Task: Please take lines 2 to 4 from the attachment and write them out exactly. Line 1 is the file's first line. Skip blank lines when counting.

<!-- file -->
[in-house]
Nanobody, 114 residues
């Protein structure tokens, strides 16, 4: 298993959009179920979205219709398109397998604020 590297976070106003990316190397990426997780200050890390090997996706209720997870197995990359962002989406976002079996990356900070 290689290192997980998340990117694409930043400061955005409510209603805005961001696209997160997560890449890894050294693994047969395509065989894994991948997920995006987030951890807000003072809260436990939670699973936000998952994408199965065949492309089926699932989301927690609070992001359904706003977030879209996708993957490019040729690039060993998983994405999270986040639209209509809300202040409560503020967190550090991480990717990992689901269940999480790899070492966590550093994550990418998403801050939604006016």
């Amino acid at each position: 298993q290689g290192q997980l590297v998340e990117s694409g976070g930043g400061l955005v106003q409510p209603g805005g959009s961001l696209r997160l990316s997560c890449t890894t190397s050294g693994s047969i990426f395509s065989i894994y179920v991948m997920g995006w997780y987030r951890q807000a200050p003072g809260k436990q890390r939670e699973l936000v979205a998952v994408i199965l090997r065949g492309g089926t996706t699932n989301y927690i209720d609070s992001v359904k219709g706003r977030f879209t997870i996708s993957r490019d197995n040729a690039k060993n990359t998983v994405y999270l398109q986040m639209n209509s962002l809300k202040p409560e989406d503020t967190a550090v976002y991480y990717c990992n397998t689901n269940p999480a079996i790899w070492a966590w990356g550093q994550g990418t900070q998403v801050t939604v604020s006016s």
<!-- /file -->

Nanobody, 114 residues
């Protein structure tokens, strides 16, 4: 298993959009179920979205219709398109397998604020 590297976070106003990316190397990426997780200050890390090997996706209720997870197995990359962002989406976002079996990356900070 290689290192997980998340990117694409930043400061955005409510209603805005961001696209997160997560890449890894050294693994047969395509065989894994991948997920995006987030951890807000003072809260436990939670699973936000998952994408199965065949492309089926699932989301927690609070992001359904706003977030879209996708993957490019040729690039060993998983994405999270986040639209209509809300202040409560503020967190550090991480990717990992689901269940999480790899070492966590550093994550990418998403801050939604006016």
């Amino acid at each position: 298993q290689g290192q997980l590297v998340e990117s694409g976070g930043g400061l955005v106003q409510p209603g805005g959009s961001l696209r997160l990316s997560c890449t890894t190397s050294g693994s047969i990426f395509s065989i894994y179920v991948m997920g995006w997780y987030r951890q807000a200050p003072g809260k436990q890390r939670e699973l936000v979205a998952v994408i199965l090997r065949g492309g089926t996706t699932n989301y927690i209720d609070s992001v359904k219709g706003r977030f879209t997870i996708s993957r490019d197995n040729a690039k060993n990359t998983v994405y999270l398109q986040m639209n209509s962002l809300k202040p409560e989406d503020t967190a550090v976002y991480y990717c990992n397998t689901n269940p999480a079996i790899w070492a966590w990356g550093q994550g990418t900070q998403v801050t939604v604020s006016s």